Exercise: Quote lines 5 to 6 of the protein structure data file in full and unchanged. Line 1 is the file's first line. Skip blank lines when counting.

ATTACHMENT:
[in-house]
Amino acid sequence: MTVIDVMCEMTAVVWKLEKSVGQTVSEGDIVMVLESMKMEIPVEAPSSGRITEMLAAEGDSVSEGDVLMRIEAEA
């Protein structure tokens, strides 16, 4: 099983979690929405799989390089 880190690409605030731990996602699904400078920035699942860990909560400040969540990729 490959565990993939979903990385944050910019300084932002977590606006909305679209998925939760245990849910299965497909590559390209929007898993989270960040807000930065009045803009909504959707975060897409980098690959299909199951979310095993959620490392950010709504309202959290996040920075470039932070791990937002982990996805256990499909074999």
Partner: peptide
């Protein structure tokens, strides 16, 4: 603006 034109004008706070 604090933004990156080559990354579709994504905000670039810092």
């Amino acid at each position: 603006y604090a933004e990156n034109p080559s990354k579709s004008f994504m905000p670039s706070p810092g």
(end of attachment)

């Protein structure tokens, strides 16, 4: 603006 034109004008706070 604090933004990156080559990354579709994504905000670039810092």
């Amino acid at each position: 603006y604090a933004e990156n034109p080559s990354k579709s004008f994504m905000p670039s706070p810092g």